C:  A gentleman commented that 70 ppt is no longer valid.  The recommended levels are now lower, or 60 ppts.   He asked if PFAS tend to disseminate or do the concentrations increase as it moves down the plume? 

 

A:  Ppt levels should decrease as it moves away.  PFAS do not behave like other compounds.  They do not accumulate as they move downstream.  Steve Sliver commented that ingestion is the primary way people are exposed to PFAS contamination, usually through drinking water.  Also, through food intake and perhaps through the skin, as well as possibly through food packaging.  PFAS are present in some level in all of us.

 

Q:  Is foam found floating on streams always PFAS? 

 

A:  We do not have a standard way to collect samples.  PFAS foam is bright white, with high concentrations of PFAS.  That is why we warn parents not to let their children come in contact.

 

Q:  A homeowner said that the former owners of her home were taxidermists.  She asked if there could be PFAS contamination in her water supply. 

 

A:  She was referred to the previous owners to get information about the chemicals they used and if they contained PFAS.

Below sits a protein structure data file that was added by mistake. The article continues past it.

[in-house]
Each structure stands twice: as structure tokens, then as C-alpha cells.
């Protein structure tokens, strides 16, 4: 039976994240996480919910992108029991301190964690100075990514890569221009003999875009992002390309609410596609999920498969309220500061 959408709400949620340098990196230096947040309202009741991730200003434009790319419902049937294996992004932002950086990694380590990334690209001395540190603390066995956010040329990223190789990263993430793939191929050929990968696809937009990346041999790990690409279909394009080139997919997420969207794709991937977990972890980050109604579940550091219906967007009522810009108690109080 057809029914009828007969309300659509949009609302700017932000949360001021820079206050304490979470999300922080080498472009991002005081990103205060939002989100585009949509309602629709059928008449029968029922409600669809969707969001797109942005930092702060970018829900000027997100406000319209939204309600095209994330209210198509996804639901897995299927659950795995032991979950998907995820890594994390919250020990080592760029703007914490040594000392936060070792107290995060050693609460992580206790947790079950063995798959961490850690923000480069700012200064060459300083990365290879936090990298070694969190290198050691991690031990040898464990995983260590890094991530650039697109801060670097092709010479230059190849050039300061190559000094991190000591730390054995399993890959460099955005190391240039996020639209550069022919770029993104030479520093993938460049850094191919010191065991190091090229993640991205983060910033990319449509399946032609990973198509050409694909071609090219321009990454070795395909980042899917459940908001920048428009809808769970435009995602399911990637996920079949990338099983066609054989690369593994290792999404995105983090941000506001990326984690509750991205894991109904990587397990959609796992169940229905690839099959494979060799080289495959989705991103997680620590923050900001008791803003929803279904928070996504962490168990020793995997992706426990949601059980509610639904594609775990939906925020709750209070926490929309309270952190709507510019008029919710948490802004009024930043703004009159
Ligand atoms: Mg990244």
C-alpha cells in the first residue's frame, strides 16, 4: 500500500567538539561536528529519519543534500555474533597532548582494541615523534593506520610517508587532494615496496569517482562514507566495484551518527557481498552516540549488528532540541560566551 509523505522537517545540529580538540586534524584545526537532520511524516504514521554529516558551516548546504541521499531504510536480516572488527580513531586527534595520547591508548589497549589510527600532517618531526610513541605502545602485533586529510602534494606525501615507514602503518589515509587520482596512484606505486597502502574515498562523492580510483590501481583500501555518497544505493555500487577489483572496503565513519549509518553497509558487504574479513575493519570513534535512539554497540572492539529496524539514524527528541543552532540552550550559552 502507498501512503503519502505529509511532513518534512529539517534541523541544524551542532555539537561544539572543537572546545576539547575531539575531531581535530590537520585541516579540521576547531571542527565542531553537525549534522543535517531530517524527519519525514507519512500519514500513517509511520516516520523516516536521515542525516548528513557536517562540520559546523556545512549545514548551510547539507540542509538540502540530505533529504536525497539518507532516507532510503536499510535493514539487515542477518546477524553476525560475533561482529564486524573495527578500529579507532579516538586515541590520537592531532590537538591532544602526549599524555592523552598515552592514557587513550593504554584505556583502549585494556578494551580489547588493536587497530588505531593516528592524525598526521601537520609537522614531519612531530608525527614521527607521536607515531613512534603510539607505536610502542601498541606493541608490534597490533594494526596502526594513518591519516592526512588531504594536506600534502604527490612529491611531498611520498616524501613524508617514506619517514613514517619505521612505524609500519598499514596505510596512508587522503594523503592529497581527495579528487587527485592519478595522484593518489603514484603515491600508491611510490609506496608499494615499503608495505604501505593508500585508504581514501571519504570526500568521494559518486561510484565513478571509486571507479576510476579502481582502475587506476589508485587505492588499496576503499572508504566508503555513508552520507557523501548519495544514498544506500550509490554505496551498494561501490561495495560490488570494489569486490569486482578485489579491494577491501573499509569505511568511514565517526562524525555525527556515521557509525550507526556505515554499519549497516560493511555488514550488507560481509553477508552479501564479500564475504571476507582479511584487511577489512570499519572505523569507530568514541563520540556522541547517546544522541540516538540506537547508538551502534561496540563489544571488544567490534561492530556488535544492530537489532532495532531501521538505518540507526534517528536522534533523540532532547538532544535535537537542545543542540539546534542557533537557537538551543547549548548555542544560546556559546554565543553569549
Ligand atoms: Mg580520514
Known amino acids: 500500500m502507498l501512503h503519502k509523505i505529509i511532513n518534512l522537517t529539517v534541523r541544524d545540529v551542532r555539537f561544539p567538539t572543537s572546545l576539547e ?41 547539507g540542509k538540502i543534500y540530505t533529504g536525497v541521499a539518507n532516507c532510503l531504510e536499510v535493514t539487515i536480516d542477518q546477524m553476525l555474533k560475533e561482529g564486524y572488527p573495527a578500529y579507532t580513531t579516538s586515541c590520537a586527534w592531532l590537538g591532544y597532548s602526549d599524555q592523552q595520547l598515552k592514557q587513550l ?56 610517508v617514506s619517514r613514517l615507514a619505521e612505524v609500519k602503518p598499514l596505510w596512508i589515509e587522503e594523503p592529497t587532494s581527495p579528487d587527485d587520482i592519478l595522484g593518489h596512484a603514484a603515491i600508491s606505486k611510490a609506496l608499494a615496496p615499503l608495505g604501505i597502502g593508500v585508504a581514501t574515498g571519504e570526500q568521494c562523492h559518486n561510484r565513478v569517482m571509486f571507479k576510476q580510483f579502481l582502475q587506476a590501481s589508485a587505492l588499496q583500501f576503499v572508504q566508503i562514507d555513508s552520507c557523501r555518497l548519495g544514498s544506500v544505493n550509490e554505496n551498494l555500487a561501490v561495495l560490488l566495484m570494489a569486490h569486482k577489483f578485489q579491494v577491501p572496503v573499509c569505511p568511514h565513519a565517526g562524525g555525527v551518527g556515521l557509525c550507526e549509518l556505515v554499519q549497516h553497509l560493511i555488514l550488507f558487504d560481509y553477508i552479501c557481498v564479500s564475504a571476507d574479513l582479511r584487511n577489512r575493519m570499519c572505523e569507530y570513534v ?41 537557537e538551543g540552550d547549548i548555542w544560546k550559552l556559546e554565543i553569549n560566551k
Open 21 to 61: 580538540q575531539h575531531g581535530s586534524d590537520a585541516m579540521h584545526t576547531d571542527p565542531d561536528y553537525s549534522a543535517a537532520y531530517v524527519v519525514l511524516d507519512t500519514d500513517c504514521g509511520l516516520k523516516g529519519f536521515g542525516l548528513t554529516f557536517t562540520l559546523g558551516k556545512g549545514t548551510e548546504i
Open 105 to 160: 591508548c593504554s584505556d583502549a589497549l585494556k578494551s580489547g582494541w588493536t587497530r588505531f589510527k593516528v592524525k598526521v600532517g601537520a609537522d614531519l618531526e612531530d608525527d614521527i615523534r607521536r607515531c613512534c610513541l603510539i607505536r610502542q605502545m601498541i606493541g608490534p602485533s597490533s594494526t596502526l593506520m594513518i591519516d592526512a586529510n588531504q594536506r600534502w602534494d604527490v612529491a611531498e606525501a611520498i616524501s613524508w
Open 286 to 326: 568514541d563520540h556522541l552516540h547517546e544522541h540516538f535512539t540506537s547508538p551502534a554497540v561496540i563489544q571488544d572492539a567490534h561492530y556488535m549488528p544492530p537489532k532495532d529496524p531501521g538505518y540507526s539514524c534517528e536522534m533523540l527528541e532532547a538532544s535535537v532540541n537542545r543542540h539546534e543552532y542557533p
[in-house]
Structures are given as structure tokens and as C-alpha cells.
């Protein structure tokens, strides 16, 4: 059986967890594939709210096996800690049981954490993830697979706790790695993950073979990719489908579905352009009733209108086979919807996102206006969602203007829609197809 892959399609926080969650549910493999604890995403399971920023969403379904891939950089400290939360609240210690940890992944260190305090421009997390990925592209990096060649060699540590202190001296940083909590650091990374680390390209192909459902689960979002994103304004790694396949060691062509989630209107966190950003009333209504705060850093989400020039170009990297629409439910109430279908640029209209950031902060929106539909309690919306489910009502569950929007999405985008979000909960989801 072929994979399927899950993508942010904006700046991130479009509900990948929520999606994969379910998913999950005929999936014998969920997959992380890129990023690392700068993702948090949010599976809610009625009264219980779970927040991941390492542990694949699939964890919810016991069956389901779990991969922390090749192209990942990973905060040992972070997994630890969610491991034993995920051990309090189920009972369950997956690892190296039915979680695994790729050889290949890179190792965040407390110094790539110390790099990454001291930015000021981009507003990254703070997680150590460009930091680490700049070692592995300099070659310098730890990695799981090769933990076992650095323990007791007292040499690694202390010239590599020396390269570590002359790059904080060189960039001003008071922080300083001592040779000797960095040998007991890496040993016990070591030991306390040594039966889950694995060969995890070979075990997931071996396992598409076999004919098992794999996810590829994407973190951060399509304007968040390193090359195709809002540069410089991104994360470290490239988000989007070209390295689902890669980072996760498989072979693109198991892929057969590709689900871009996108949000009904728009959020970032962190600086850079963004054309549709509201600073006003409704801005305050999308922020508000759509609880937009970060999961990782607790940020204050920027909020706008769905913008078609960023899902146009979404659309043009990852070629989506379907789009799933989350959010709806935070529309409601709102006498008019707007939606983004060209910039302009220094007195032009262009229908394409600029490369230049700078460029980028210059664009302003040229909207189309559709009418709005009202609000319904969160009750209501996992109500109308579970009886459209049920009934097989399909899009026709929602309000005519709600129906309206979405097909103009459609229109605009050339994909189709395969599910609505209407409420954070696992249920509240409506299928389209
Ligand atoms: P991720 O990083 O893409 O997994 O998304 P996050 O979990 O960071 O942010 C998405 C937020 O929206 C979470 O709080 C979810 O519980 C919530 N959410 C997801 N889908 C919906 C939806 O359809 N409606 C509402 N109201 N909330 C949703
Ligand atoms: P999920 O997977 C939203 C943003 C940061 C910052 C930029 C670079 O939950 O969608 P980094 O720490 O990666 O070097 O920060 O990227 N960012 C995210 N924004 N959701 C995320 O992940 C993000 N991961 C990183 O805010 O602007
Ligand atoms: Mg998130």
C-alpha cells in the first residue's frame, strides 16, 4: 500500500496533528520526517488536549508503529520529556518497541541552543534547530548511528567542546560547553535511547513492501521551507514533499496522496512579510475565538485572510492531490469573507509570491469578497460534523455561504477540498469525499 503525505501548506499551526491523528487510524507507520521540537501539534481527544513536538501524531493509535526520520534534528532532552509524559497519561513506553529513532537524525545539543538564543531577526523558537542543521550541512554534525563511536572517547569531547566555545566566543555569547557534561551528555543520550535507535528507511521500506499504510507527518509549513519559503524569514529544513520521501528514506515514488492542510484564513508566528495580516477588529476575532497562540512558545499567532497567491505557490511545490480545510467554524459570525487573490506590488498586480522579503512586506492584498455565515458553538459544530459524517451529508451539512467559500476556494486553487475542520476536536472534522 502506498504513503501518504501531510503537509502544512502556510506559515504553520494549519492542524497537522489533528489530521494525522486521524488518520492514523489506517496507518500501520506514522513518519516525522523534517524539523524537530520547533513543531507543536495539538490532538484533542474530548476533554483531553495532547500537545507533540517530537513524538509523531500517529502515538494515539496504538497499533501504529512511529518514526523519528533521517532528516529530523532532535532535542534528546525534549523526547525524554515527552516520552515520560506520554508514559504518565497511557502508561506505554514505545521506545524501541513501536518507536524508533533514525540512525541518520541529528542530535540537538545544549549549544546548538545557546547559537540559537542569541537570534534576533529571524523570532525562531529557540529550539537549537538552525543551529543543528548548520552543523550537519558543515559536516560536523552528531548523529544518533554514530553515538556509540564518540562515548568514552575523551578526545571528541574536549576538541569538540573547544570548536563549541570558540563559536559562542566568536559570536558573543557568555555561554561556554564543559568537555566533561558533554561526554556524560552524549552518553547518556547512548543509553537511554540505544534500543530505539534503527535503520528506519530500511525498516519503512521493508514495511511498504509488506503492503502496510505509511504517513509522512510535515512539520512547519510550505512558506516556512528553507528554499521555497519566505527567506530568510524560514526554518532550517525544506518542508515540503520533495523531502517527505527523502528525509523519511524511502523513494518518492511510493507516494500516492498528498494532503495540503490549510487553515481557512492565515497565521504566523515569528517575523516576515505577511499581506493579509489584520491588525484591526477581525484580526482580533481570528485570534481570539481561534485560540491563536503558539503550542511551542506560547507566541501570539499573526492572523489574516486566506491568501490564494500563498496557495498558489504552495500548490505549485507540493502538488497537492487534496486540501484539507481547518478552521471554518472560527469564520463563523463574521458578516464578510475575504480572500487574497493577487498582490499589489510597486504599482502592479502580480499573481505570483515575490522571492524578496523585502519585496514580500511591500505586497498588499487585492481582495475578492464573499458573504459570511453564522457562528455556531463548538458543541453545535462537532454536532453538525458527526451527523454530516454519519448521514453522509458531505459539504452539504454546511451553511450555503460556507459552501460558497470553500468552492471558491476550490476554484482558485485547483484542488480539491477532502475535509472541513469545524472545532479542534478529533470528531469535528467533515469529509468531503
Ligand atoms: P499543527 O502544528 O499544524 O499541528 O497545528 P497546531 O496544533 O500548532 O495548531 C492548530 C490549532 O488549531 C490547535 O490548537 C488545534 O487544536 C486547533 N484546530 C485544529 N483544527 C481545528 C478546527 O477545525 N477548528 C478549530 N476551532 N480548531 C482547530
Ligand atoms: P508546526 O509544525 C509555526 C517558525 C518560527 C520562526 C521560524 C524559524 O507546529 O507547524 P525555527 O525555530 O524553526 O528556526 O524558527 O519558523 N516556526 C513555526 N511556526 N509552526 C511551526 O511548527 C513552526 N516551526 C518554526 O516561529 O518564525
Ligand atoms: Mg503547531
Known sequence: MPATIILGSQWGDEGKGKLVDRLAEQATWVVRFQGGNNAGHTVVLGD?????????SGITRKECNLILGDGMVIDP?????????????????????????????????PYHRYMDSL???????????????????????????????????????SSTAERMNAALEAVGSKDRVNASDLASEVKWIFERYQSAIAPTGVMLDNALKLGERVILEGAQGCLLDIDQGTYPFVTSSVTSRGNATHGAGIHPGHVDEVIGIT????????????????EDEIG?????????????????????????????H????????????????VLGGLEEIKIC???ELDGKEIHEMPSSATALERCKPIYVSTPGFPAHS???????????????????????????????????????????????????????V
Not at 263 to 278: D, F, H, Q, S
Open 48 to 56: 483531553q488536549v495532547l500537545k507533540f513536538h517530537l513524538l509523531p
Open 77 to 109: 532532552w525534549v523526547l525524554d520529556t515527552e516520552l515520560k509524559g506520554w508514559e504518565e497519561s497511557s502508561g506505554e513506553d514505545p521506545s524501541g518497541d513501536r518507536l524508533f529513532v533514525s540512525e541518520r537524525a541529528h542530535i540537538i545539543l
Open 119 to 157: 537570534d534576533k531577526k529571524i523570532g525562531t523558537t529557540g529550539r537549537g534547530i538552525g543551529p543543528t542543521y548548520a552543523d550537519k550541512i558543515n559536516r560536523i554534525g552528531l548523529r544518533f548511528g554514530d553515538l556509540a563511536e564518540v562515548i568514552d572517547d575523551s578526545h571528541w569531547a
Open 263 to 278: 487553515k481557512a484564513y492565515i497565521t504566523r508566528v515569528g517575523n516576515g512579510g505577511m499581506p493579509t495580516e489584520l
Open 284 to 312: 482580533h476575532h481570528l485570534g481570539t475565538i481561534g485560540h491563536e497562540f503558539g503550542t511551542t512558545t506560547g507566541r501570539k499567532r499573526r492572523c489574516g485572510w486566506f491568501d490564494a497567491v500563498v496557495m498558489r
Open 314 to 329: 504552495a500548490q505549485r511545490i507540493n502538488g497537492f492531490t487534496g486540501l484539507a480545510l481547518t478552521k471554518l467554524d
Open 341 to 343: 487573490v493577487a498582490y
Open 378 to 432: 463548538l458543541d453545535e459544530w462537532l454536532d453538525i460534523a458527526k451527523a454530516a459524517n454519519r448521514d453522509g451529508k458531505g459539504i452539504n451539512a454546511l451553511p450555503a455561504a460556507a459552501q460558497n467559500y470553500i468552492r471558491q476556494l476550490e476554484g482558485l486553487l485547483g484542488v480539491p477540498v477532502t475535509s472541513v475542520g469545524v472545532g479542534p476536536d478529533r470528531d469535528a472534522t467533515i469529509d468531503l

Q:  A question was asked as to how PFAS contamination compares with contamination from toxic chemicals like PCB, DDT, Mercury, etc. danger wise. 

 

A:  These kinds of comparative studies have not been done, but PFAS do not accumulate in the environment like those chemicals do.  The detection level for PFAS is 2 ppts, the standard set by the EPA.

 

Q:  Could they comment on the sites in Leelanau County, i.e., Northport and Sutton’s Bay.

 

A:  Work on those sites has just begun.  Not much data available.

 

Q:  How do PFAS behave in the human body?

 

A:  The commentator said he was not well versed in this matter, however PFAS are primarily found in blood, kidneys and liver.  PFAS do not accumulate in body fat like some chemicals.  They do interfere with body functioning.  They should not be in our bodies, but at present not enough information is available as to the total range of adverse effects.

 

For more information on PFAS reference the Scientific Evidence and Recommendations for Managing PFAS Contamination in Michigan Report put out by the Michigan PFAS Science Advisory Panel, Dec. 7, 2018 at https://www.michigan.gov/documents/pfasresponse/Science_Advisory_Board_Report_641294_7.pdf